By Bill Schackner
In a makeshift production studio at the University of Pittsburgh, adjunct professor Larry Foulke is speaking passionately into a camera, preparing his online course, “A Look at Nuclear Science and Technology,” for the masses.
So animated is his delivery in front of a video crew recording his lecture, it’s as if he is speaking face-to-face to his class. But chances are nil that he will ever meet most of his students, and even if he did, there would not be enough time to greet them all.
That’s because nearly 12,000 people in the United States and abroad already have signed up via the Internet for a course that does not start until June, both because of the topic and the professor, a well-known nuclear industry retiree who is interim director of Pitt’s nuclear engineering program and past president of the American Nuclear Society.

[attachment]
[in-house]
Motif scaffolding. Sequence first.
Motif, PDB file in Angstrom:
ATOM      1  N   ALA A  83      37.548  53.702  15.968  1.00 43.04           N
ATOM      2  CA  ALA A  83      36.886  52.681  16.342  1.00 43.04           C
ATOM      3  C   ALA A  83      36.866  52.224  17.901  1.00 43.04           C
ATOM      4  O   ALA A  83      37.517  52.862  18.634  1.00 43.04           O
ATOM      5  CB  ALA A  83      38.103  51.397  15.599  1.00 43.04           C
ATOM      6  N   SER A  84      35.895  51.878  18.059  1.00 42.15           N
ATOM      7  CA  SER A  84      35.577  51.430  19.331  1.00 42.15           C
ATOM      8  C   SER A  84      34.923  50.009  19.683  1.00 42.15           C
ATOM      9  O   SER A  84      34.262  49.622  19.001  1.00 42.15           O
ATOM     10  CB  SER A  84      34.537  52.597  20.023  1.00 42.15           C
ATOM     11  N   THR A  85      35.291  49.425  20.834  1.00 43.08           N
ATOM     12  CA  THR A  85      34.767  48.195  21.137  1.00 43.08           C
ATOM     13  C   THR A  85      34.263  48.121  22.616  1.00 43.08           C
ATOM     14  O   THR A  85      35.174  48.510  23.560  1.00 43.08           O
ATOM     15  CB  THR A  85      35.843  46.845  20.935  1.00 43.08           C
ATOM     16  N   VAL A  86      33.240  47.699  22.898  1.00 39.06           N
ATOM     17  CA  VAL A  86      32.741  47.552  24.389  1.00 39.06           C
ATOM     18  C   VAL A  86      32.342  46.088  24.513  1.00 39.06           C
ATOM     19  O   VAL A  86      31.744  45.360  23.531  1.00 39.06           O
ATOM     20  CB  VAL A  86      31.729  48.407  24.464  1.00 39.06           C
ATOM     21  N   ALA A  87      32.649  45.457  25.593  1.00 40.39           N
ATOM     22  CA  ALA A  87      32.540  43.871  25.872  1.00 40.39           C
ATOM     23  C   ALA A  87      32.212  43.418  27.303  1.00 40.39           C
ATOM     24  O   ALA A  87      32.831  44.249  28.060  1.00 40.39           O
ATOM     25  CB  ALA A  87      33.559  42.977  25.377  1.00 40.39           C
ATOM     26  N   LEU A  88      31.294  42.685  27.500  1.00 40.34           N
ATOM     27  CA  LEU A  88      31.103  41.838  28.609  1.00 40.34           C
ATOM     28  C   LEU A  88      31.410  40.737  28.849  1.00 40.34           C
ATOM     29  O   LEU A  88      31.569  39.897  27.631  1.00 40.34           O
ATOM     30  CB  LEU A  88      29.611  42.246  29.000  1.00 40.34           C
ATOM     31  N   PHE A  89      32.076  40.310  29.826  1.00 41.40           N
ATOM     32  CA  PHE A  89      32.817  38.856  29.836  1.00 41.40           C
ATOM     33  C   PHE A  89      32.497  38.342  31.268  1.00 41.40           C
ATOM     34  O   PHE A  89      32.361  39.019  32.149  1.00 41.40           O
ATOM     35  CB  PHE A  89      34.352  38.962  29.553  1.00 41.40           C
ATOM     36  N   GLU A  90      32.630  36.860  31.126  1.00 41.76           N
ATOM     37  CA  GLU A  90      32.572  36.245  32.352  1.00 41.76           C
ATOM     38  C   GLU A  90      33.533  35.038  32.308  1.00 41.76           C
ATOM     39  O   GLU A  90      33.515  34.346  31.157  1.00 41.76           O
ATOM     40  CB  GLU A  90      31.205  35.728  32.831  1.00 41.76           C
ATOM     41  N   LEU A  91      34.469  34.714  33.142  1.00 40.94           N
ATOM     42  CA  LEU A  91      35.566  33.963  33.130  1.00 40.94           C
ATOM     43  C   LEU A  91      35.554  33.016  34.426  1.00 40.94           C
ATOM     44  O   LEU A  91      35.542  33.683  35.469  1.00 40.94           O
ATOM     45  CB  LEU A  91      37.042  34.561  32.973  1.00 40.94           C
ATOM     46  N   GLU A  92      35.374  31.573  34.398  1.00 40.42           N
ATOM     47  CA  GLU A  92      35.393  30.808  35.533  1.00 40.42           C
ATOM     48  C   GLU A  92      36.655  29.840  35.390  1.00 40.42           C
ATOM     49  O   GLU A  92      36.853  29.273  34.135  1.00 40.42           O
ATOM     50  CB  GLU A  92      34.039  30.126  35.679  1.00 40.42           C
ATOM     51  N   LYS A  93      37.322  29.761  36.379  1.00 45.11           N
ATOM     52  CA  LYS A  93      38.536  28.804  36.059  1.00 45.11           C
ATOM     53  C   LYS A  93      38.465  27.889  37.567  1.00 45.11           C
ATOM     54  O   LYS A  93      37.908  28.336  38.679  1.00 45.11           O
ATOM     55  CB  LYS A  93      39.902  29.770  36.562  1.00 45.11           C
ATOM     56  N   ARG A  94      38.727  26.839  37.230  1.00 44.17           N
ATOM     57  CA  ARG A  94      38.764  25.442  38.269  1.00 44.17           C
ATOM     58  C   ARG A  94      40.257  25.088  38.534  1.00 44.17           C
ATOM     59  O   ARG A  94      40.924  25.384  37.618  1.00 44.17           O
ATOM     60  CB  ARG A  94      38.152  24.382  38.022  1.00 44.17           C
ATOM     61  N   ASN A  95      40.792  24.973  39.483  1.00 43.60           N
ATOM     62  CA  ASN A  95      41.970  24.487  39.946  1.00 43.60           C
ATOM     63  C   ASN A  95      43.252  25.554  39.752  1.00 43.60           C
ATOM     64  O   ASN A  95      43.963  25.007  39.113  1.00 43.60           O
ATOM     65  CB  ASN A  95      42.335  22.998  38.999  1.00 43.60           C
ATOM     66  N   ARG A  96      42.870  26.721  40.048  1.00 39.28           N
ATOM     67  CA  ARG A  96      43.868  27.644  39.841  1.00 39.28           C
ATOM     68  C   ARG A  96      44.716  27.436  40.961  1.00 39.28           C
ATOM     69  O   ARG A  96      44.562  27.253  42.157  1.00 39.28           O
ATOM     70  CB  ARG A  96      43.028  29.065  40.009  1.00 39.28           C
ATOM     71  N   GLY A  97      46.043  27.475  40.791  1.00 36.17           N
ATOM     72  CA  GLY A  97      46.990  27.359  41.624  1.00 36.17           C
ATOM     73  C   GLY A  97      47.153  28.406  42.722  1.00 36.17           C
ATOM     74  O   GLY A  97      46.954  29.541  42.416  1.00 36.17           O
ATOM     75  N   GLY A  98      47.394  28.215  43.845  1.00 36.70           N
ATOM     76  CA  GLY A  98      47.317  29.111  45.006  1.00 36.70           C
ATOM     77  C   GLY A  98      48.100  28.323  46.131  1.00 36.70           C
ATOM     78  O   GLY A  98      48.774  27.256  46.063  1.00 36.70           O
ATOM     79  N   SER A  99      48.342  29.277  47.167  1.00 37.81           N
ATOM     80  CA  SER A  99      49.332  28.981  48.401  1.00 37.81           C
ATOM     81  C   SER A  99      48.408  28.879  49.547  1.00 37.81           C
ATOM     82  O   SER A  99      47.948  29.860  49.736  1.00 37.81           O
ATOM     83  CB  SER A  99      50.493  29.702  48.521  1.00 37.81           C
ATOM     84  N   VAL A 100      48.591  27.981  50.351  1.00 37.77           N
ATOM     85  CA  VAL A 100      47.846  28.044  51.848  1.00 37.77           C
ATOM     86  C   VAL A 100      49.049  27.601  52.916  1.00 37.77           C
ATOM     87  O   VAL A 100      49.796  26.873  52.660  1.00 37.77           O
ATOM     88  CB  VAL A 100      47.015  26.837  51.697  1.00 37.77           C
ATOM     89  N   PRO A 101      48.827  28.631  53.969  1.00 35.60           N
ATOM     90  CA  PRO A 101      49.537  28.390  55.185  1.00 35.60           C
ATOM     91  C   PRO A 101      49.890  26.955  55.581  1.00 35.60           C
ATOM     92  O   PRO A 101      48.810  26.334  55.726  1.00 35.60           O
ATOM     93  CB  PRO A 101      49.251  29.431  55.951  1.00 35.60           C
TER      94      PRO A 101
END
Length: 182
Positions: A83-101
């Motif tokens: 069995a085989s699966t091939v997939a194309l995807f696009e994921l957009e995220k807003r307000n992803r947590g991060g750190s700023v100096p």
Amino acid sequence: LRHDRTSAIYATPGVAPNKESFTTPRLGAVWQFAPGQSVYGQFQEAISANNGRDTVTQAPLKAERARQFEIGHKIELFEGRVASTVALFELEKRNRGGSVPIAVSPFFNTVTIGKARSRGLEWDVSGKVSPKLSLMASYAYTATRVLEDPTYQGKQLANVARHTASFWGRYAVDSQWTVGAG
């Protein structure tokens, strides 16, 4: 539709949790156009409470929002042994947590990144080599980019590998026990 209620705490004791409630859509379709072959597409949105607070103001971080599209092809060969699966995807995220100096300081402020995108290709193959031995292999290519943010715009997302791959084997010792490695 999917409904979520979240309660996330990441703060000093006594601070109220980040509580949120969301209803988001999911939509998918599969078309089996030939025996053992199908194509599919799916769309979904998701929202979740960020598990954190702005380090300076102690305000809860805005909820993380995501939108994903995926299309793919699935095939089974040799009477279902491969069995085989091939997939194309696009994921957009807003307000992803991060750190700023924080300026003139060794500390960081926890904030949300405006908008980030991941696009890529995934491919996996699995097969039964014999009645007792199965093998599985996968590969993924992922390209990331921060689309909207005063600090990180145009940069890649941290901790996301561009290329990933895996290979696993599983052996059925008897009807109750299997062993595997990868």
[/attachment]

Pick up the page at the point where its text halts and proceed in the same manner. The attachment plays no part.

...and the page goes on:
“I suspect I will be reaching people all over the world,” said Mr. Foulke, 75, who worked for four decades as a nuclear engineer at Westinghouse Energy Systems and Bettis Atomic Power Laboratory before coming to Pitt in 2006. “It will be kind of exciting.”
Welcome to the world of MOOCs — Massive Open Online Courses — a phenomenon that is spreading rapidly, prompting even some of the nation’s leading universities to gamble that giving away free instruction by some of their top faculty will pay dividends down the road.
[ Full article available at The Pittsburgh Post-Gazette: http://www.post-gazette.com/stories/news/education/major-universities-seeing-surge-of-interest-in-free-online-classes-675257/ ]